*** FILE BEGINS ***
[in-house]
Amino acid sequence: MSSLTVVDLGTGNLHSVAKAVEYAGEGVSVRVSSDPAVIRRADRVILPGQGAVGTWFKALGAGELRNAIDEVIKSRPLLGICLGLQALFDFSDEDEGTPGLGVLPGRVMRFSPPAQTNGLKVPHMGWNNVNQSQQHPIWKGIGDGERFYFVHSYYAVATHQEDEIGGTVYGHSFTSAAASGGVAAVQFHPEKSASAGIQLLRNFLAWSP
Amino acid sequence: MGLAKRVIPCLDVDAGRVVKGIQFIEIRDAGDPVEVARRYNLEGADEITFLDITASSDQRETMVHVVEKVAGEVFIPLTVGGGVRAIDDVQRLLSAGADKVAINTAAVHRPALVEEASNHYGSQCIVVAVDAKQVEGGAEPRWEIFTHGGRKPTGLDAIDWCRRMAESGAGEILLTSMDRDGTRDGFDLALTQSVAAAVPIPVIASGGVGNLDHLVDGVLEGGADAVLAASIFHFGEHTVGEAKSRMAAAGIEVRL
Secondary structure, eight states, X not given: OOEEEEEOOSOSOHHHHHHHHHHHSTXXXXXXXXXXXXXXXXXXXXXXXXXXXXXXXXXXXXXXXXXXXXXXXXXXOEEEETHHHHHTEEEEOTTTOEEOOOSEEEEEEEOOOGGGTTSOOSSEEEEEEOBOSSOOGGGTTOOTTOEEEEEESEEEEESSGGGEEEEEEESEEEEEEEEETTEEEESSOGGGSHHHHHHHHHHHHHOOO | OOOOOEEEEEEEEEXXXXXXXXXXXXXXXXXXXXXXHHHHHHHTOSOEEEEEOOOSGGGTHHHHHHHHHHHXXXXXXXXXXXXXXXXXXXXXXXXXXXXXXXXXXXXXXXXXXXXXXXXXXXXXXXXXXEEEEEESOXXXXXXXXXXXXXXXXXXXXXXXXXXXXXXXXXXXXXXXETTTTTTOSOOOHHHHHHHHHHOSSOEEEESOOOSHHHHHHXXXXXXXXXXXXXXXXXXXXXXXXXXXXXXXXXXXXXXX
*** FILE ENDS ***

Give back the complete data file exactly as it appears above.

[in-house]
Amino acid sequence: MSSLTVVDLGTGNLHSVAKAVEYAGEGVSVRVSSDPAVIRRADRVILPGQGAVGTWFKALGAGELRNAIDEVIKSRPLLGICLGLQALFDFSDEDEGTPGLGVLPGRVMRFSPPAQTNGLKVPHMGWNNVNQSQQHPIWKGIGDGERFYFVHSYYAVATHQEDEIGGTVYGHSFTSAAASGGVAAVQFHPEKSASAGIQLLRNFLAWSP
Amino acid sequence: MGLAKRVIPCLDVDAGRVVKGIQFIEIRDAGDPVEVARRYNLEGADEITFLDITASSDQRETMVHVVEKVAGEVFIPLTVGGGVRAIDDVQRLLSAGADKVAINTAAVHRPALVEEASNHYGSQCIVVAVDAKQVEGGAEPRWEIFTHGGRKPTGLDAIDWCRRMAESGAGEILLTSMDRDGTRDGFDLALTQSVAAAVPIPVIASGGVGNLDHLVDGVLEGGADAVLAASIFHFGEHTVGEAKSRMAAAGIEVRL
Secondary structure, eight states, X not given: OOEEEEEOOSOSOHHHHHHHHHHHSTXXXXXXXXXXXXXXXXXXXXXXXXXXXXXXXXXXXXXXXXXXXXXXXXXXOEEEETHHHHHTEEEEOTTTOEEOOOSEEEEEEEOOOGGGTTSOOSSEEEEEEOBOSSOOGGGTTOOTTOEEEEEESEEEEESSGGGEEEEEEESEEEEEEEEETTEEEESSOGGGSHHHHHHHHHHHHHOOO | OOOOOEEEEEEEEEXXXXXXXXXXXXXXXXXXXXXXHHHHHHHTOSOEEEEEOOOSGGGTHHHHHHHHHHHXXXXXXXXXXXXXXXXXXXXXXXXXXXXXXXXXXXXXXXXXXXXXXXXXXXXXXXXXXEEEEEESOXXXXXXXXXXXXXXXXXXXXXXXXXXXXXXXXXXXXXXXETTTTTTOSOOOHHHHHHHHHHOSSOEEEESOOOSHHHHHHXXXXXXXXXXXXXXXXXXXXXXXXXXXXXXXXXXXXXXX